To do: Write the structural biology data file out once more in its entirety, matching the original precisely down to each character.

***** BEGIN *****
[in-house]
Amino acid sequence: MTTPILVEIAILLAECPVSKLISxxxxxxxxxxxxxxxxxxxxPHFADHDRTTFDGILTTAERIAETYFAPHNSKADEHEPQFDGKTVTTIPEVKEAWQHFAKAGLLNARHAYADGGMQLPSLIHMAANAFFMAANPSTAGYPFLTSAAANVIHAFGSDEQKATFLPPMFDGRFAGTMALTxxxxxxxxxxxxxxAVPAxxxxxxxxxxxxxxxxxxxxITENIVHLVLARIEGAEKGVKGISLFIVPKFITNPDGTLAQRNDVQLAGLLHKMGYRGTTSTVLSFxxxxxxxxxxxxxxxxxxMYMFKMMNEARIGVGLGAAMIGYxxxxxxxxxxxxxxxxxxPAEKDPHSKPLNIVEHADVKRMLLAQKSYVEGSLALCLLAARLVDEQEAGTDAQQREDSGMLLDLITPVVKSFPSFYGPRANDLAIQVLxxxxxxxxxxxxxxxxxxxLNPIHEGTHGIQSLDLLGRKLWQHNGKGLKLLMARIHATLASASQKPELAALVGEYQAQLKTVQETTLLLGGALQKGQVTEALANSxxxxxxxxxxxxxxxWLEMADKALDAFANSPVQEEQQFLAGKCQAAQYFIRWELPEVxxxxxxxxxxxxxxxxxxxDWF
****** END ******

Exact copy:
[in-house]
Amino acid sequence: MTTPILVEIAILLAECPVSKLISxxxxxxxxxxxxxxxxxxxxPHFADHDRTTFDGILTTAERIAETYFAPHNSKADEHEPQFDGKTVTTIPEVKEAWQHFAKAGLLNARHAYADGGMQLPSLIHMAANAFFMAANPSTAGYPFLTSAAANVIHAFGSDEQKATFLPPMFDGRFAGTMALTxxxxxxxxxxxxxxAVPAxxxxxxxxxxxxxxxxxxxxITENIVHLVLARIEGAEKGVKGISLFIVPKFITNPDGTLAQRNDVQLAGLLHKMGYRGTTSTVLSFxxxxxxxxxxxxxxxxxxMYMFKMMNEARIGVGLGAAMIGYxxxxxxxxxxxxxxxxxxPAEKDPHSKPLNIVEHADVKRMLLAQKSYVEGSLALCLLAARLVDEQEAGTDAQQREDSGMLLDLITPVVKSFPSFYGPRANDLAIQVLxxxxxxxxxxxxxxxxxxxLNPIHEGTHGIQSLDLLGRKLWQHNGKGLKLLMARIHATLASASQKPELAALVGEYQAQLKTVQETTLLLGGALQKGQVTEALANSxxxxxxxxxxxxxxxWLEMADKALDAFANSPVQEEQQFLAGKCQAAQYFIRWELPEVxxxxxxxxxxxxxxxxxxxDWF